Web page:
Another blind spot which is revealed by the crass suggestion that these two products are synonymous is that Marmite is 100% vegetarian. And while Bovril does include yeast extract, the major ingredient is the body parts of dead cows and consequently fails miserably in the ‘being nice to animals’ stakes in which Marmite ranks so highly. The current Bovril label even has a graphic based on a cattle brand which reads BEEF - how clear can you be?

Moving on to the ubiquity of Marmite...

Twiglets must have been the first commercially produced Marmite flavoured snack.

And anyone who has had the pleasure of visiting a British pub in the last 20 years is likely to have come across Marmite flavour crisps.

You can just hear them at Marmite Towers "hmmmm, too good for Walkers, let's make our own"

But Cashew nuts?

Then things began to get really silly.

I first noticed when they started to sell the stuff in squeezy bottles. Not only are they upside down, but the large size doesn't even say Marmite on the front (well, it does but only on the little cooking pot for which the tuff is named.)


And for the last few years they have been on something of an offensive.

Champagne Marmite
for Valentines day
Guinness flavour?

The Official Spread of the
England Cricket Team
Marmite with added cheese
And if a pot of Marmite with cheese doesn't quite grab you how about a block of cheese with added Marmite:

Too lazy to actually spread the damn stuff yourself?

 Or maybe you do love spreading it yourself and never leave home without it:

We are obvioulsy going to hell in a handcart, time to blame some foriegners...

You can enter the ‘completely predictable conversation is about to happen’ stakes by saying the word ‘Marmite’ to an Australian who is almost guaranteed to utter a sentence including the work ‘Vegemite’ probably with some expression of brand preference which is unlikely to favour Marmite.

Fer Christ’s sake, it’s not even
in the right type of jar…
And I have it on good authority that it is entirely devoid of vitamin B12. This is what happens when you get your yeast extract from a brewery that makes Fosters, Castlemaine and those other frozen parodies of beer. I wonder what the sheep equivalent of Bovril tastes like...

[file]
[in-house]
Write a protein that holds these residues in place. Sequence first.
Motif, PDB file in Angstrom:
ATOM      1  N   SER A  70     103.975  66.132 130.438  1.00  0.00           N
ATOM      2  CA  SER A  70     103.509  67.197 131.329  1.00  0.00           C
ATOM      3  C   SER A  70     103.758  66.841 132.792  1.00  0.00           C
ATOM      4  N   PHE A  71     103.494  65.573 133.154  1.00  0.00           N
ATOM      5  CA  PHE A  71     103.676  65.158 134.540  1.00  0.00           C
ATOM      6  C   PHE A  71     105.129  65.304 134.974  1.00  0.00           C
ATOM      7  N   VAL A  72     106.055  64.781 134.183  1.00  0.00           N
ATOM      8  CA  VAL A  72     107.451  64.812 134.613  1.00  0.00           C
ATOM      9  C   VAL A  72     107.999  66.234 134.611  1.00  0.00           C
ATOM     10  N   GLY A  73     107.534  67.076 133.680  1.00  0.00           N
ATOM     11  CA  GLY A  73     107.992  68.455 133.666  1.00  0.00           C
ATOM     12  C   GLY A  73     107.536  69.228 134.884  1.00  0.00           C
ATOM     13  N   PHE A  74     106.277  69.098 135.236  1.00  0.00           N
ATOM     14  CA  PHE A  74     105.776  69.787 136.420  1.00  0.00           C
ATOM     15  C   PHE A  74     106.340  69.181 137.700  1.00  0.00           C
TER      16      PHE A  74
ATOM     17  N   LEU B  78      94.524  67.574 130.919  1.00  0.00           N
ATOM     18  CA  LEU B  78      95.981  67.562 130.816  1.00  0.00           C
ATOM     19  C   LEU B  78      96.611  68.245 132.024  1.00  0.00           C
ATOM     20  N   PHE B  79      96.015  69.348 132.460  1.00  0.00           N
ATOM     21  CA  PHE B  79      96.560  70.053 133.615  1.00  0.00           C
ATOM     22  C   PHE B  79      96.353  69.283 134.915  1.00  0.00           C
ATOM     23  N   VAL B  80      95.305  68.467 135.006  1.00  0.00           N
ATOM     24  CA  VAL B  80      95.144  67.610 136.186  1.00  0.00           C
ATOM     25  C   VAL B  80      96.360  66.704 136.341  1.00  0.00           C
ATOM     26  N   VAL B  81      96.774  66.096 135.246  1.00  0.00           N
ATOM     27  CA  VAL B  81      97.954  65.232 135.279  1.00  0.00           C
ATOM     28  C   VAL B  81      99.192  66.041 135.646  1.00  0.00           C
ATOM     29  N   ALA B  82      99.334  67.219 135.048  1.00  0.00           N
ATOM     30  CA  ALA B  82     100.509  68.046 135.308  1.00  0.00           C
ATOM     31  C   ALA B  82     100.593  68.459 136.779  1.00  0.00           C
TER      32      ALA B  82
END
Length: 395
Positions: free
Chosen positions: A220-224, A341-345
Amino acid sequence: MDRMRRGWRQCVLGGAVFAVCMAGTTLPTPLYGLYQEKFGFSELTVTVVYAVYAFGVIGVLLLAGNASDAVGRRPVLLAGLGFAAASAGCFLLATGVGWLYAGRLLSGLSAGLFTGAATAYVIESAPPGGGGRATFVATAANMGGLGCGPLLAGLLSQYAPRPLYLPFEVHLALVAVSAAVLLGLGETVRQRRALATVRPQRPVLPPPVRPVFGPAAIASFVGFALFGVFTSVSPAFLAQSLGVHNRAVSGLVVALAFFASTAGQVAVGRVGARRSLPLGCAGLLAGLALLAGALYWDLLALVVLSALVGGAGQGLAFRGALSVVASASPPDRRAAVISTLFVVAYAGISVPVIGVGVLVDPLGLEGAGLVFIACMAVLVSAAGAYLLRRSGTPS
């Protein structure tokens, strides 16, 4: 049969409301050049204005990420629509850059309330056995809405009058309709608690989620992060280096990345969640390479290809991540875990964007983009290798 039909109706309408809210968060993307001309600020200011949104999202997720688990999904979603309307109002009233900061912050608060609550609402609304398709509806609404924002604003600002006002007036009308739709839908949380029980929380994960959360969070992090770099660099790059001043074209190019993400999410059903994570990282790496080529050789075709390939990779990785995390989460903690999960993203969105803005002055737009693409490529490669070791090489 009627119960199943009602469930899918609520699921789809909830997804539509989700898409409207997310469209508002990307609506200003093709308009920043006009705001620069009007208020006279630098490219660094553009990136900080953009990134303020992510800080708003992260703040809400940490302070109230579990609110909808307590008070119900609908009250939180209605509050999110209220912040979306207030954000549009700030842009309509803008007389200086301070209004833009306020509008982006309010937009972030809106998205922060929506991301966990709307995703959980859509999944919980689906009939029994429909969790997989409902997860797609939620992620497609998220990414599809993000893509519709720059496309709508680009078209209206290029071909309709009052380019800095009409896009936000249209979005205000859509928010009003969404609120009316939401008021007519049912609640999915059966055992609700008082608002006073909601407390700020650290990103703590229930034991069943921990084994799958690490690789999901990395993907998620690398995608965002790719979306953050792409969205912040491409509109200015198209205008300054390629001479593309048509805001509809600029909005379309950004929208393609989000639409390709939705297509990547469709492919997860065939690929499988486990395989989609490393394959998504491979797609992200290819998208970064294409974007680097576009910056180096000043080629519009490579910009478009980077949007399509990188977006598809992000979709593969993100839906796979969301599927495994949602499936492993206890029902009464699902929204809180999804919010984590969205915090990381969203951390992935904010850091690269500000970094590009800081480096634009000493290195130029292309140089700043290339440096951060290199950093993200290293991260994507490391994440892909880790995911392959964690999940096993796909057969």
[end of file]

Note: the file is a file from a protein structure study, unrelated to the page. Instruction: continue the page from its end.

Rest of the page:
Wednesday, February 9, 2011

Victorian Values II

Quiz time: In which English City is Victoria Station? There are no prizes if you say "London". This is not becaue you are wrong but because it does not really need saying. Sure, there are Victoria Stations in other cities (well, I can only think of the Metro station in Manchester - but do let me know others) so it may be worth including this on a web site or directory, but surely the London terminus does not need clarification of its location above the door.

“Oh! I thought I was in Milwaukee…”
But apparently the management think it necessary to do just that.

But you can tell it’s London, the clues are all around. Not least evidenced by the bus drivers' casual attitude to cyclists.

Some poor sod is going to be seriously pissed off when he/she gets back to their bike.


Talking of things Victoria Station-toilet-related, travellers are required to part with 30p to use the station’s toilets. The sign helpfully explains that it is 30p for each visit. I wonder if they do a season ticket…
For the more discerning there is an altogether superior scatological experience only a few yards away at The Grosvenor Hotel


The entrance is somewhat understated, but this is the back door. 

Mind you the main entrance is no better.


But once inside it is rather nice

And you get serenaded to the facilities

The old toilets used to be on the ground floor but these are now kitchens. I wonder how many other people push their way into the kitchen in the process of loosening their trousers (oh… just me then)

The new toilets have moved down some very shiny stairs.


The urinals are kept apart by a sqaudron of ceramic sharks

And the wash hand basins have electronic taps 


and their own lights.

There are some high-tech hand dryers which I suspect are an attempt to mimic the rather splendid new Dyson driers. It must be said they fail miserably. 

Fortunately, there are also low-tech paper towels which are much preferred

 And all for nowt. Bargain!

Just don't tell anyone else.